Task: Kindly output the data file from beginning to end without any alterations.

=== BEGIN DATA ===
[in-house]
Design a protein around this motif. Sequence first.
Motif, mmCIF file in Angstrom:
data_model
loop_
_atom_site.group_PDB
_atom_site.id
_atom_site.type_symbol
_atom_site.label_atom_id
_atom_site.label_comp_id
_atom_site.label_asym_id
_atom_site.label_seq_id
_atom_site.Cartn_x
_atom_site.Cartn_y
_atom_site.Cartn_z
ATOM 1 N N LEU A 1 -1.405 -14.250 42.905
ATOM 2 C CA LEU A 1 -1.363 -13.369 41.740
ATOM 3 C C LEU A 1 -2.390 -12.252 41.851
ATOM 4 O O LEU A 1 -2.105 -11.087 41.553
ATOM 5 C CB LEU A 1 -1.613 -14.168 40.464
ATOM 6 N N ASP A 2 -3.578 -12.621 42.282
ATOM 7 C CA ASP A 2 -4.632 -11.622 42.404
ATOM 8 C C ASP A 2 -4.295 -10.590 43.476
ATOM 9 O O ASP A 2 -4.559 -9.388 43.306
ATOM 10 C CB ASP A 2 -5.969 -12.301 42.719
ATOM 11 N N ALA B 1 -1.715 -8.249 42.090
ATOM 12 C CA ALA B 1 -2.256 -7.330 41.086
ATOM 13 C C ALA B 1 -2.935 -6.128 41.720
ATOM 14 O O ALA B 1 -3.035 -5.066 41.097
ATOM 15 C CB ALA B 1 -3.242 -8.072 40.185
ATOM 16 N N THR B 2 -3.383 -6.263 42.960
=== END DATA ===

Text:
[in-house]
Design a protein around this motif. Sequence first.
Motif, mmCIF file in Angstrom:
data_model
loop_
_atom_site.group_PDB
_atom_site.id
_atom_site.type_symbol
_atom_site.label_atom_id
_atom_site.label_comp_id
_atom_site.label_asym_id
_atom_site.label_seq_id
_atom_site.Cartn_x
_atom_site.Cartn_y
_atom_site.Cartn_z
ATOM 1 N N LEU A 1 -1.405 -14.250 42.905
ATOM 2 C CA LEU A 1 -1.363 -13.369 41.740
ATOM 3 C C LEU A 1 -2.390 -12.252 41.851
ATOM 4 O O LEU A 1 -2.105 -11.087 41.553
ATOM 5 C CB LEU A 1 -1.613 -14.168 40.464
ATOM 6 N N ASP A 2 -3.578 -12.621 42.282
ATOM 7 C CA ASP A 2 -4.632 -11.622 42.404
ATOM 8 C C ASP A 2 -4.295 -10.590 43.476
ATOM 9 O O ASP A 2 -4.559 -9.388 43.306
ATOM 10 C CB ASP A 2 -5.969 -12.301 42.719
ATOM 11 N N ALA B 1 -1.715 -8.249 42.090
ATOM 12 C CA ALA B 1 -2.256 -7.330 41.086
ATOM 13 C C ALA B 1 -2.935 -6.128 41.720
ATOM 14 O O ALA B 1 -3.035 -5.066 41.097
ATOM 15 C CB ALA B 1 -3.242 -8.072 40.185
ATOM 16 N N THR B 2 -3.383 -6.263 42.960